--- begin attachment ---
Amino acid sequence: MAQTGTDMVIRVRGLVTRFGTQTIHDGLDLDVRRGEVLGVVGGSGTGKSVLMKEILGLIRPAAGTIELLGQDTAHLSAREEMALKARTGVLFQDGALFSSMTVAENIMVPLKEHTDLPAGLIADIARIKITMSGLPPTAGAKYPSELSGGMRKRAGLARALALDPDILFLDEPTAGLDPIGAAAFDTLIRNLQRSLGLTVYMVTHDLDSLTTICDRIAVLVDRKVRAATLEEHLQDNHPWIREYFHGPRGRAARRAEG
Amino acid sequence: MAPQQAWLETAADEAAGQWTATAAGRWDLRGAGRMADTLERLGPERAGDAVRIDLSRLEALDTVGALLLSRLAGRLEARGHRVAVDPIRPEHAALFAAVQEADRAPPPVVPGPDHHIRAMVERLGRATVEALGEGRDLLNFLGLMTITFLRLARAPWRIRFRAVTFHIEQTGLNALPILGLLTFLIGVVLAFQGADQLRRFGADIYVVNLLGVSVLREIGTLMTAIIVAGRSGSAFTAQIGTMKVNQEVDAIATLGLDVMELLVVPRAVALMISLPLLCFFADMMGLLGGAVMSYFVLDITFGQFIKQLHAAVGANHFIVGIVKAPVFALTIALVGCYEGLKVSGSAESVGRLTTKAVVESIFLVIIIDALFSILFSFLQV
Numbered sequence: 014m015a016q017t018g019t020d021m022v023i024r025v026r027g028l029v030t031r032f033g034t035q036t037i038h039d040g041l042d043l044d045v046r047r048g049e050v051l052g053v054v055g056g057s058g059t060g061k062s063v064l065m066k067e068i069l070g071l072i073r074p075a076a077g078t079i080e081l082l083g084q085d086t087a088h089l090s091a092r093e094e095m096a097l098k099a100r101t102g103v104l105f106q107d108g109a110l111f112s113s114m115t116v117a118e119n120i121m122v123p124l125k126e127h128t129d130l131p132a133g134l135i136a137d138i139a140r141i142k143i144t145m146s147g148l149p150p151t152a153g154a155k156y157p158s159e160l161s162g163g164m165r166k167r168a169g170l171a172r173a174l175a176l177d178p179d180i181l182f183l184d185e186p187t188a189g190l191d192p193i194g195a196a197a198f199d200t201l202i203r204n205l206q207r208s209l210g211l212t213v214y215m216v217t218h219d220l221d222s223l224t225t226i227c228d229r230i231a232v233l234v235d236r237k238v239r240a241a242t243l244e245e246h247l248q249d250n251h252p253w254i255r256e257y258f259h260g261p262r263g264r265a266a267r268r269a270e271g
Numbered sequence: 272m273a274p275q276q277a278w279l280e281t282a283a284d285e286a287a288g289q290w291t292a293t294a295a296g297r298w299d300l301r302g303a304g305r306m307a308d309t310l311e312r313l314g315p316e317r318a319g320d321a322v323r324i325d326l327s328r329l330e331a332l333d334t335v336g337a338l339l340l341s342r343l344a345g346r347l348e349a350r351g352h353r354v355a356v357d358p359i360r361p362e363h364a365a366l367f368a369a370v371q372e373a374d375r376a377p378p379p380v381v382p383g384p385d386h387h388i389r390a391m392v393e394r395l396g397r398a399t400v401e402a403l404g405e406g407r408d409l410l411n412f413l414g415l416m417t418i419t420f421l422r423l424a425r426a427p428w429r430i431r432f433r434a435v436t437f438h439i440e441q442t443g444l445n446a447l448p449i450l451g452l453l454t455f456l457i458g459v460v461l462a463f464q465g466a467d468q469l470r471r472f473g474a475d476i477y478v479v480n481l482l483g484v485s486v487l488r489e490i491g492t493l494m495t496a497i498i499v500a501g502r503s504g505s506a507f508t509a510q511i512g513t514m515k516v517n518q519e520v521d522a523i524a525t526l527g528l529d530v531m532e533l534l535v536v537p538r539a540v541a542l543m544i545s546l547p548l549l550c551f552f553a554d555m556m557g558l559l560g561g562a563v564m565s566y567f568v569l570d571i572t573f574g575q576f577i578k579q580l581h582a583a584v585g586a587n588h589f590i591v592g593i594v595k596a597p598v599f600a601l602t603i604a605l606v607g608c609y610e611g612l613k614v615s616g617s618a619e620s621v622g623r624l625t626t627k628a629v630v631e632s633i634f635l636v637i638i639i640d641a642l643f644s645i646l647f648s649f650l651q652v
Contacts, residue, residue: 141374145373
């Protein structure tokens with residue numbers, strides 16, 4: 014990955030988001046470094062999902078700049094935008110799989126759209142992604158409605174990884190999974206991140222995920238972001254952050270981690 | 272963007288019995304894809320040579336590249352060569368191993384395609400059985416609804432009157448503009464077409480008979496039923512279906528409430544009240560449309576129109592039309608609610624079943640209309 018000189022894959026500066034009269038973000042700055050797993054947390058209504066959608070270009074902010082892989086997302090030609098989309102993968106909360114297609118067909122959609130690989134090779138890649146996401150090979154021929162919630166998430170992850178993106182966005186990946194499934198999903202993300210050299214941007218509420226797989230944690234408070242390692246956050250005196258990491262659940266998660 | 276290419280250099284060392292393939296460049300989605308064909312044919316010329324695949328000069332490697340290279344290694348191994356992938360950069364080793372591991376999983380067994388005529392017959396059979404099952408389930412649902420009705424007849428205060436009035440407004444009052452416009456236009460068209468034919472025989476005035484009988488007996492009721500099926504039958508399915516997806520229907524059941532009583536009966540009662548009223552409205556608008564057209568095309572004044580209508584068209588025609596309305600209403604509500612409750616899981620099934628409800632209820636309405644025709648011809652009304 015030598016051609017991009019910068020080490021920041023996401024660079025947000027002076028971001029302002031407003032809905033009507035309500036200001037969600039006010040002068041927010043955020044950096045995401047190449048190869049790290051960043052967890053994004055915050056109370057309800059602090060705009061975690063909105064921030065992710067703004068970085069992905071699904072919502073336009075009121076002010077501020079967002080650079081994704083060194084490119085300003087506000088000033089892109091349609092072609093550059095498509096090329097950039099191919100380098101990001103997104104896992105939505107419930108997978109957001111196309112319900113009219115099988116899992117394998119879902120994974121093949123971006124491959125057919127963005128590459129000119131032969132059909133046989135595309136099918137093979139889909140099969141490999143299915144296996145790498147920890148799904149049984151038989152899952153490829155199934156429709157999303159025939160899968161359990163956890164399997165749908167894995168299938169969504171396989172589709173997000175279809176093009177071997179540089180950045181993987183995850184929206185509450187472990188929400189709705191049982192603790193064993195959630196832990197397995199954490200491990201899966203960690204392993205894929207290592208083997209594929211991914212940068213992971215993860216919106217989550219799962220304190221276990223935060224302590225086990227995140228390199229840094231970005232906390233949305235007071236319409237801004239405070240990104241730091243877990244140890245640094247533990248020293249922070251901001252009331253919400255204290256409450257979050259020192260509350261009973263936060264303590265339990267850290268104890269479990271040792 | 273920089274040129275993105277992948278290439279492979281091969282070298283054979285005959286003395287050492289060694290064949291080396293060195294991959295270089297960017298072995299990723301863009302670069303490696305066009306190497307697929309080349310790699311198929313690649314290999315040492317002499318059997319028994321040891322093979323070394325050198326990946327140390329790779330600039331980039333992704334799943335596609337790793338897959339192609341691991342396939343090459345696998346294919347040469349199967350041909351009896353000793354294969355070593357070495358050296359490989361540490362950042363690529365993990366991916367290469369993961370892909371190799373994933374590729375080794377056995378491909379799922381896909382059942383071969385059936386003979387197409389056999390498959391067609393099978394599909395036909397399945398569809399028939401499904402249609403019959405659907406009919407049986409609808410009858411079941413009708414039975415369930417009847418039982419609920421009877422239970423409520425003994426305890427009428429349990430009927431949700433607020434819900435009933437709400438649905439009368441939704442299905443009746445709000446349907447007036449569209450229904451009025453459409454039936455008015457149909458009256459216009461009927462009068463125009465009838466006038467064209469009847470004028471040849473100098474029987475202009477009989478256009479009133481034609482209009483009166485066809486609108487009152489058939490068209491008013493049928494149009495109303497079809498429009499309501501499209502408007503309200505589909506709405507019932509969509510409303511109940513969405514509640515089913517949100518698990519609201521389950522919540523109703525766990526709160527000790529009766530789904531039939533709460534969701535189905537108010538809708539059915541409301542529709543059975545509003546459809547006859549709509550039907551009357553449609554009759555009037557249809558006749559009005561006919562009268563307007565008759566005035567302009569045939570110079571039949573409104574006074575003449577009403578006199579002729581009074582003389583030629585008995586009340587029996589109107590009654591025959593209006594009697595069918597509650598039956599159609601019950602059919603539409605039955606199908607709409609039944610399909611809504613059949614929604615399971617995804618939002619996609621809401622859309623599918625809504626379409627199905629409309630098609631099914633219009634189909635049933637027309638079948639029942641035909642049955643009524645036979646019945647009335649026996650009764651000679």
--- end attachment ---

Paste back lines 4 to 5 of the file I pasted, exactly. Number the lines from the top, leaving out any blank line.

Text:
Numbered sequence: 272m273a274p275q276q277a278w279l280e281t282a283a284d285e286a287a288g289q290w291t292a293t294a295a296g297r298w299d300l301r302g303a304g305r306m307a308d309t310l311e312r313l314g315p316e317r318a319g320d321a322v323r324i325d326l327s328r329l330e331a332l333d334t335v336g337a338l339l340l341s342r343l344a345g346r347l348e349a350r351g352h353r354v355a356v357d358p359i360r361p362e363h364a365a366l367f368a369a370v371q372e373a374d375r376a377p378p379p380v381v382p383g384p385d386h387h388i389r390a391m392v393e394r395l396g397r398a399t400v401e402a403l404g405e406g407r408d409l410l411n412f413l414g415l416m417t418i419t420f421l422r423l424a425r426a427p428w429r430i431r432f433r434a435v436t437f438h439i440e441q442t443g444l445n446a447l448p449i450l451g452l453l454t455f456l457i458g459v460v461l462a463f464q465g466a467d468q469l470r471r472f473g474a475d476i477y478v479v480n481l482l483g484v485s486v487l488r489e490i491g492t493l494m495t496a497i498i499v500a501g502r503s504g505s506a507f508t509a510q511i512g513t514m515k516v517n518q519e520v521d522a523i524a525t526l527g528l529d530v531m532e533l534l535v536v537p538r539a540v541a542l543m544i545s546l547p548l549l550c551f552f553a554d555m556m557g558l559l560g561g562a563v564m565s566y567f568v569l570d571i572t573f574g575q576f577i578k579q580l581h582a583a584v585g586a587n588h589f590i591v592g593i594v595k596a597p598v599f600a601l602t603i604a605l606v607g608c609y610e611g612l613k614v615s616g617s618a619e620s621v622g623r624l625t626t627k628a629v630v631e632s633i634f635l636v637i638i639i640d641a642l643f644s645i646l647f648s649f650l651q652v
Contacts, residue, residue: 141374145373